• This is the second report released by the government on the implementation of Poshan Abhiyaan. It scores the States and Union Territories to measure their readiness to execute the programme across four themes: governance and institutional mechanism; strategy and planning; service delivery and capacities; and programme activities and intervention coverage. The States were divided into large and small categories for a better comparison.
  • Among the 19 large States, Andhra Pradesh, Chhattisgarh and Madhya Pradesh scored the top three ranks, followed by Uttarakhand, Himachal Pradesh, Gujarat, Tamil Nadu and Maharashtra. All these States had an implementation score of over 70%. Karnataka, Assam and Kerala were at the bottom, with a score below 55%.
  • Among the eight small States, Mizoram and Sikkim scored above 75%. Arunachal Pradesh, Tripura, Manipur and Goa were at the bottom, with scores below 60%. However, all small States had a score above 55%, displaying a fairly good level of readiness and implementation.
  • Four of the seven Union Territories had a score of over 70%. Dadra and Nagar Haveli, Chandigarh, and Daman and Diu scored above 75% and were ranked among the top three Union Territories. Delhi, and Lakshadweep were at the bottom, with scores below 50%.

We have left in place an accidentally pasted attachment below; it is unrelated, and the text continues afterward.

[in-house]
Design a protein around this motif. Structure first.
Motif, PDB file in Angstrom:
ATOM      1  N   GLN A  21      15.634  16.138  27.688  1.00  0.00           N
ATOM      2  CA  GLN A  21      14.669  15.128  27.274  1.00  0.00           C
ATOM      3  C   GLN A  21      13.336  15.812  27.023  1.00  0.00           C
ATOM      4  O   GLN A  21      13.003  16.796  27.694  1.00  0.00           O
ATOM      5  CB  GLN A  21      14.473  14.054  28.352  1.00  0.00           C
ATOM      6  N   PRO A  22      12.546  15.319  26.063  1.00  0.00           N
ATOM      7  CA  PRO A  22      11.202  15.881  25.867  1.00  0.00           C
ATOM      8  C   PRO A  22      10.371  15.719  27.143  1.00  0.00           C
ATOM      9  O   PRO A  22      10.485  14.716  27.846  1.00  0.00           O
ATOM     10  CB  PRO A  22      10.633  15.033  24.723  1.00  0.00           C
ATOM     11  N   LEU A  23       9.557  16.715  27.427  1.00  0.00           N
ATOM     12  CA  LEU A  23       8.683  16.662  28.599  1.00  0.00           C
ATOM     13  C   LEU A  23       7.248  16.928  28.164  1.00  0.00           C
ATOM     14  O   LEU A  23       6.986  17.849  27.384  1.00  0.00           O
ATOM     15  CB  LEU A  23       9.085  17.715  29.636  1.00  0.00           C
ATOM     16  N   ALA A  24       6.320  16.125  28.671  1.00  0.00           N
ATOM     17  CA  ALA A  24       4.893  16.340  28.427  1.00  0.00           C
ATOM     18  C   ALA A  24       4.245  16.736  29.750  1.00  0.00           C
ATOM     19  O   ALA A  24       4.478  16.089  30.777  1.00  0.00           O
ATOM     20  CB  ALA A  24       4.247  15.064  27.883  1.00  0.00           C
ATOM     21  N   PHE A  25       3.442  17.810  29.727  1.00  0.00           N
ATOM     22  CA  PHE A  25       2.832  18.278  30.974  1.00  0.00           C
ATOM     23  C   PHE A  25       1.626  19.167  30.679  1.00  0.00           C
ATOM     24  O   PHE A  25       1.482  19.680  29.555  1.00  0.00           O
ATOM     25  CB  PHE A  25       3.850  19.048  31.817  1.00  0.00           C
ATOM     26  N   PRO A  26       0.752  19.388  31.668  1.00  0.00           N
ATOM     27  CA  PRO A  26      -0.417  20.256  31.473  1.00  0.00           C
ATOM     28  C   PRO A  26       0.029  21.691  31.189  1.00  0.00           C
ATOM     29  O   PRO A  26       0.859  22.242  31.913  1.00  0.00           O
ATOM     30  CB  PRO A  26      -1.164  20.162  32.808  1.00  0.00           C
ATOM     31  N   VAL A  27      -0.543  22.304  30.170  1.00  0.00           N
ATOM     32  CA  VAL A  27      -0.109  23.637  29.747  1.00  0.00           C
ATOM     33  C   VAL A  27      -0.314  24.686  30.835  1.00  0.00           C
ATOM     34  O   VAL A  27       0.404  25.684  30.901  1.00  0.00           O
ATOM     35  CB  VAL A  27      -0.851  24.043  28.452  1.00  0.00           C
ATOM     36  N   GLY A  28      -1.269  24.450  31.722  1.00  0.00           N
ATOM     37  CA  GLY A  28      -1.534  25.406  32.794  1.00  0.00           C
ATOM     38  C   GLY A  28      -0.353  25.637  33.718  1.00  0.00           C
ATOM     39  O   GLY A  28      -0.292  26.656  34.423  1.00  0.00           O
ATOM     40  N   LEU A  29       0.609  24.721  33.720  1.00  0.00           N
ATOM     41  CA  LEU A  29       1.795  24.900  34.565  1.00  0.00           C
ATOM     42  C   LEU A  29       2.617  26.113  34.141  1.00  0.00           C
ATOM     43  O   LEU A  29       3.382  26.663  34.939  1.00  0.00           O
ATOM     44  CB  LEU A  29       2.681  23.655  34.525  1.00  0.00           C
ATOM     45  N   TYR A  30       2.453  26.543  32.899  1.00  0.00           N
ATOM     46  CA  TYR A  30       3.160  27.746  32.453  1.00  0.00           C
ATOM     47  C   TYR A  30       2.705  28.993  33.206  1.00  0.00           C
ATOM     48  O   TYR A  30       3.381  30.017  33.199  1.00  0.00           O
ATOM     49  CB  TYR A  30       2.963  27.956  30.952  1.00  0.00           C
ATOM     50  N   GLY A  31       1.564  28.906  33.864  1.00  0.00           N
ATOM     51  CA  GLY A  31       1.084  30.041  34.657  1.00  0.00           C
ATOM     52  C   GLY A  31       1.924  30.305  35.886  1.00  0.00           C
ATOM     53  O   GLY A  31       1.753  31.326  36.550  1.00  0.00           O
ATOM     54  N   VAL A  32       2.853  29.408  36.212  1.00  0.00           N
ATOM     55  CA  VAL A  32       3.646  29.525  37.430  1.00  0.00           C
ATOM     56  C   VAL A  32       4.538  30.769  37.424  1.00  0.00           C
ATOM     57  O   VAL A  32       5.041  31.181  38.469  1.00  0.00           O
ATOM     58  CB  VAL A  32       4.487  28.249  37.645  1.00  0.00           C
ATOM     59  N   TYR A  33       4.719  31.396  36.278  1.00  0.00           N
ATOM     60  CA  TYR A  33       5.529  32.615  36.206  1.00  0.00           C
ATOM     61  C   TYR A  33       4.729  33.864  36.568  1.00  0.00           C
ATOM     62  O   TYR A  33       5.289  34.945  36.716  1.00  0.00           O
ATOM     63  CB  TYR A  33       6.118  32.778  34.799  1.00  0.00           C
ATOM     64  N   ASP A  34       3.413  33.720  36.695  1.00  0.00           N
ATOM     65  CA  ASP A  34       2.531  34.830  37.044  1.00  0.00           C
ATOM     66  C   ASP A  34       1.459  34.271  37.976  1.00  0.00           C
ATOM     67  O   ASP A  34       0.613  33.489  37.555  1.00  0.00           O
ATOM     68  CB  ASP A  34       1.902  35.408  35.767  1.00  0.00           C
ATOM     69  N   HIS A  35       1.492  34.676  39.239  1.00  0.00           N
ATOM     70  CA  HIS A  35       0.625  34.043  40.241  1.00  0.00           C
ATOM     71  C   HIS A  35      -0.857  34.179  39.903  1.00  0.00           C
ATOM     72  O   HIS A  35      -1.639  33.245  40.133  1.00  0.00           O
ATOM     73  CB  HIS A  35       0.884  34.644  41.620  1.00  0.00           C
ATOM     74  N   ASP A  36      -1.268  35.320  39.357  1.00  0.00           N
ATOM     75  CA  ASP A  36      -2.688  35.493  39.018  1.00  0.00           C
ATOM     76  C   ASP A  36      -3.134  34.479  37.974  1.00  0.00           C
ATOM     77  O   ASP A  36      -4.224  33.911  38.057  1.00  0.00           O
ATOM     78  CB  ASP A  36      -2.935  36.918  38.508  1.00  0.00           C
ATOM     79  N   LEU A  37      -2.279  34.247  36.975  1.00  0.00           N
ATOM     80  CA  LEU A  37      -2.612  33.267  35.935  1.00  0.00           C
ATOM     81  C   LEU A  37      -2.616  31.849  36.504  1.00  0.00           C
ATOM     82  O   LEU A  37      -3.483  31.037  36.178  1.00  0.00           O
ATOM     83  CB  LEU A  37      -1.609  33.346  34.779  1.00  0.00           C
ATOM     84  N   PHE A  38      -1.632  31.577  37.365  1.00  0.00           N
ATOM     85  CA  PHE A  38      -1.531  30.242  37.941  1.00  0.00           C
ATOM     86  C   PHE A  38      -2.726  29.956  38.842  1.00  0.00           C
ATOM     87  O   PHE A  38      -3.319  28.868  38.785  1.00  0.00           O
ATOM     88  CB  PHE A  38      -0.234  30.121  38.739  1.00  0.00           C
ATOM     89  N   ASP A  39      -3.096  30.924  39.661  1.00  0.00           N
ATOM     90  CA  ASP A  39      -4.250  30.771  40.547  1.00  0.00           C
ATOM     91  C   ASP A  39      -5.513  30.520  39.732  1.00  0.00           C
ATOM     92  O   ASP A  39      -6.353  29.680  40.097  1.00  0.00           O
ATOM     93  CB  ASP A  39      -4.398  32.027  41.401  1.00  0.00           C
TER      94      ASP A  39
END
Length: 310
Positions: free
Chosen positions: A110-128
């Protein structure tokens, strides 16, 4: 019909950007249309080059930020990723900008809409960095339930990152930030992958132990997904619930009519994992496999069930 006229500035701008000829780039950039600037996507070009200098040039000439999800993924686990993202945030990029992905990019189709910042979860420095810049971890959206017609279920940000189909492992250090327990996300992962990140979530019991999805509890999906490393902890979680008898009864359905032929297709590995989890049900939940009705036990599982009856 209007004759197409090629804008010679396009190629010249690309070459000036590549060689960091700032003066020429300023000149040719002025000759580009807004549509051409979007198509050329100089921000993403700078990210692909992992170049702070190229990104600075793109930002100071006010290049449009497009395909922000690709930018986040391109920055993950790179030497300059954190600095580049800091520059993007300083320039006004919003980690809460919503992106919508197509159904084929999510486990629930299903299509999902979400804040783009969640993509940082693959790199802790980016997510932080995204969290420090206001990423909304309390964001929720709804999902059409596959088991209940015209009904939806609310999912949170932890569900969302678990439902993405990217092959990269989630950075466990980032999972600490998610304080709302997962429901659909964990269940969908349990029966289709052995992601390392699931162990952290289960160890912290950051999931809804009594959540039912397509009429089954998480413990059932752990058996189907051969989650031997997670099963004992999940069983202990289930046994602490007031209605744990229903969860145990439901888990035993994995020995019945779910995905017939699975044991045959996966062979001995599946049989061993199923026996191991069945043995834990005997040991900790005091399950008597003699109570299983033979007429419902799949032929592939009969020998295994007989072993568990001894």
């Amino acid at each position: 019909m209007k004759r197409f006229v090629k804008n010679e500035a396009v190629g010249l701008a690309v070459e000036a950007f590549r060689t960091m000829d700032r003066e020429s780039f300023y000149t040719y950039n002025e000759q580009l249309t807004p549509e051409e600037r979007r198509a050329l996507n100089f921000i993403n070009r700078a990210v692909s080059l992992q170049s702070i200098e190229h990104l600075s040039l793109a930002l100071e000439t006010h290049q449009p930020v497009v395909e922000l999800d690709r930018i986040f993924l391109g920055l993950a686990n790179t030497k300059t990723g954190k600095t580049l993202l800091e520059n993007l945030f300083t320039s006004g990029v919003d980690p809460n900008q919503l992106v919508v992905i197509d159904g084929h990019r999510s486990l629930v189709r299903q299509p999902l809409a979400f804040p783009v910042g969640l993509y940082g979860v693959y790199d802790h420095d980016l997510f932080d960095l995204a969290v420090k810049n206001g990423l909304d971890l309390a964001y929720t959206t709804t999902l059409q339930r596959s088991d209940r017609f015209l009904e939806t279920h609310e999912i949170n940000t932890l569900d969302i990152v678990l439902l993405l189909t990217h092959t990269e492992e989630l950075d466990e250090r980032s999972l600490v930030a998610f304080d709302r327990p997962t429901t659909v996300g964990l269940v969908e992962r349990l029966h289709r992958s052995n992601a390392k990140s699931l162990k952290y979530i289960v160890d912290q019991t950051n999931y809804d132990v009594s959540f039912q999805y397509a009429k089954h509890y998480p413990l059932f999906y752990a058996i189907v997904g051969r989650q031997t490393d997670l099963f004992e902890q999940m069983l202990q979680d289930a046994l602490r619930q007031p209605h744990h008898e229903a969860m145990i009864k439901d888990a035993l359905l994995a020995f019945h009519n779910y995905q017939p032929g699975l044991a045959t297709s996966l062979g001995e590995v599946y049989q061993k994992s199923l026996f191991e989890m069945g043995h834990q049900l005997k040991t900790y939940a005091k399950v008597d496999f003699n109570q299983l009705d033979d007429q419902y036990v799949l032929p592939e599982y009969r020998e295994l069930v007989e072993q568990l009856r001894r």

8 . The Sunderbans and Climate Change

Context : The monsoon in Sunderbans is likely to last longer and get more intense, according to a fact sheet titled The Sunderbans and Climate Change, which was made public during the ongoing Convention on the Conservation of Migratory Species of Wild Animals.

About the Issue

  • Climate specialists have predicted that as climate change progresses, monsoon seasons in the Sundarbans will become longer and more intense.
  • Conversely, drought conditions will also become more pronounced, presenting further challenges for agricultural producers in particular and ecosystems in general,” said the document released during the Conference of Parties (COP) being held at Gujarat.


  • Risk of flooding: The fact sheet points out that large parts of Sunderbans, which are designated as ‘Ramsar Sites’, are highly susceptible to flooding. The inundation of seawater is going to dramatically affect the area.
    • Although mangroves demonstrate some degree of resistance to submersion in water, they are susceptible to tidal inundation which occurs too frequently or lasts too long.
    • Apart from the frequent storms and the rise of sea level, another concern is the rise of salinity both in water and soil.